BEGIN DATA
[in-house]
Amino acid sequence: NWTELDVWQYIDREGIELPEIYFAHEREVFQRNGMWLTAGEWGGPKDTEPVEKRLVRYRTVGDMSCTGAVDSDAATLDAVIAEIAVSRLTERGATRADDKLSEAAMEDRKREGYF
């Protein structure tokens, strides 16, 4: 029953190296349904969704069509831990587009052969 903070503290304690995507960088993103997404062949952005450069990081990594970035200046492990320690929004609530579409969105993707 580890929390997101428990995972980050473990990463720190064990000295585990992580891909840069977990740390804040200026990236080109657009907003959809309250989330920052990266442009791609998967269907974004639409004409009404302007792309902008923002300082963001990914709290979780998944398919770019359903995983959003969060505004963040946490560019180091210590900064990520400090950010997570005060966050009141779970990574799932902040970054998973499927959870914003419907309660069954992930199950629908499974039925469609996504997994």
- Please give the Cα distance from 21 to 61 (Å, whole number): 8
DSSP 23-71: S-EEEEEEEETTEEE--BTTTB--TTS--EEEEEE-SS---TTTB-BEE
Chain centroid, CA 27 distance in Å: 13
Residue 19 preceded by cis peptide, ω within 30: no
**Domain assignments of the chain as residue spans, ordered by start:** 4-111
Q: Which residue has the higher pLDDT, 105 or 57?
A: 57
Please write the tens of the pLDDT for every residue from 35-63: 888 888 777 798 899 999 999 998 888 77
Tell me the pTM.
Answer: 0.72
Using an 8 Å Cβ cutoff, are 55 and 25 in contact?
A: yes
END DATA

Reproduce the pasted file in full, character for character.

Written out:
[in-house]
Amino acid sequence: NWTELDVWQYIDREGIELPEIYFAHEREVFQRNGMWLTAGEWGGPKDTEPVEKRLVRYRTVGDMSCTGAVDSDAATLDAVIAEIAVSRLTERGATRADDKLSEAAMEDRKREGYF
């Protein structure tokens, strides 16, 4: 029953190296349904969704069509831990587009052969 903070503290304690995507960088993103997404062949952005450069990081990594970035200046492990320690929004609530579409969105993707 580890929390997101428990995972980050473990990463720190064990000295585990992580891909840069977990740390804040200026990236080109657009907003959809309250989330920052990266442009791609998967269907974004639409004409009404302007792309902008923002300082963001990914709290979780998944398919770019359903995983959003969060505004963040946490560019180091210590900064990520400090950010997570005060966050009141779970990574799932902040970054998973499927959870914003419907309660069954992930199950629908499974039925469609996504997994």
- Please give the Cα distance from 21 to 61 (Å, whole number): 8
DSSP 23-71: S-EEEEEEEETTEEE--BTTTB--TTS--EEEEEE-SS---TTTB-BEE
Chain centroid, CA 27 distance in Å: 13
Residue 19 preceded by cis peptide, ω within 30: no
**Domain assignments of the chain as residue spans, ordered by start:** 4-111
Q: Which residue has the higher pLDDT, 105 or 57?
A: 57
Please write the tens of the pLDDT for every residue from 35-63: 888 888 777 798 899 999 999 998 888 77
Tell me the pTM.
Answer: 0.72
Using an 8 Å Cβ cutoff, are 55 and 25 in contact?
A: yes